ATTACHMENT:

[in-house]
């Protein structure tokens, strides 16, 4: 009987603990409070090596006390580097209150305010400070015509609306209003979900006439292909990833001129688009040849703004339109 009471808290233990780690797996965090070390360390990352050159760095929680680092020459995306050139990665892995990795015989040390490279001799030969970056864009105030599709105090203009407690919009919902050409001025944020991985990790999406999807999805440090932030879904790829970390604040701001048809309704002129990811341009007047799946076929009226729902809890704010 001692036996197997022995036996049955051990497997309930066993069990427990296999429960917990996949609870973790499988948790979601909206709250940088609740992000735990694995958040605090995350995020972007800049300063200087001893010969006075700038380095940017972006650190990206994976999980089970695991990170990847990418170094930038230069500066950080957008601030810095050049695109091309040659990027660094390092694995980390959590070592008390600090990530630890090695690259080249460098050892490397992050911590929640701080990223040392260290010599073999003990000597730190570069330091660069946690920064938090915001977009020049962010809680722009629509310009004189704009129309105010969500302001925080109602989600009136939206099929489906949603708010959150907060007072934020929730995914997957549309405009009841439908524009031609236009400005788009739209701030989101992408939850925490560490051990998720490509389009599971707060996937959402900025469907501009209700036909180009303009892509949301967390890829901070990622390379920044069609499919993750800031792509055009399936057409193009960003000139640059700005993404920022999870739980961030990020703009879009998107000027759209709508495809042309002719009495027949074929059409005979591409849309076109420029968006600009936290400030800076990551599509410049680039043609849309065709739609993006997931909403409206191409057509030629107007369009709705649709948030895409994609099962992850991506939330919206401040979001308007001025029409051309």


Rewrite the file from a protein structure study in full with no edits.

[in-house]
């Protein structure tokens, strides 16, 4: 009987603990409070090596006390580097209150305010400070015509609306209003979900006439292909990833001129688009040849703004339109 009471808290233990780690797996965090070390360390990352050159760095929680680092020459995306050139990665892995990795015989040390490279001799030969970056864009105030599709105090203009407690919009919902050409001025944020991985990790999406999807999805440090932030879904790829970390604040701001048809309704002129990811341009007047799946076929009226729902809890704010 001692036996197997022995036996049955051990497997309930066993069990427990296999429960917990996949609870973790499988948790979601909206709250940088609740992000735990694995958040605090995350995020972007800049300063200087001893010969006075700038380095940017972006650190990206994976999980089970695991990170990847990418170094930038230069500066950080957008601030810095050049695109091309040659990027660094390092694995980390959590070592008390600090990530630890090695690259080249460098050892490397992050911590929640701080990223040392260290010599073999003990000597730190570069330091660069946690920064938090915001977009020049962010809680722009629509310009004189704009129309105010969500302001925080109602989600009136939206099929489906949603708010959150907060007072934020929730995914997957549309405009009841439908524009031609236009400005788009739209701030989101992408939850925490560490051990998720490509389009599971707060996937959402900025469907501009209700036909180009303009892509949301967390890829901070990622390379920044069609499919993750800031792509055009399936057409193009960003000139640059700005993404920022999870739980961030990020703009879009998107000027759209709508495809042309002719009495027949074929059409005979591409849309076109420029968006600009936290400030800076990551599509410049680039043609849309065709739609993006997931909403409206191409057509030629107007369009709705649709948030895409994609099962992850991506939330919206401040979001308007001025029409051309």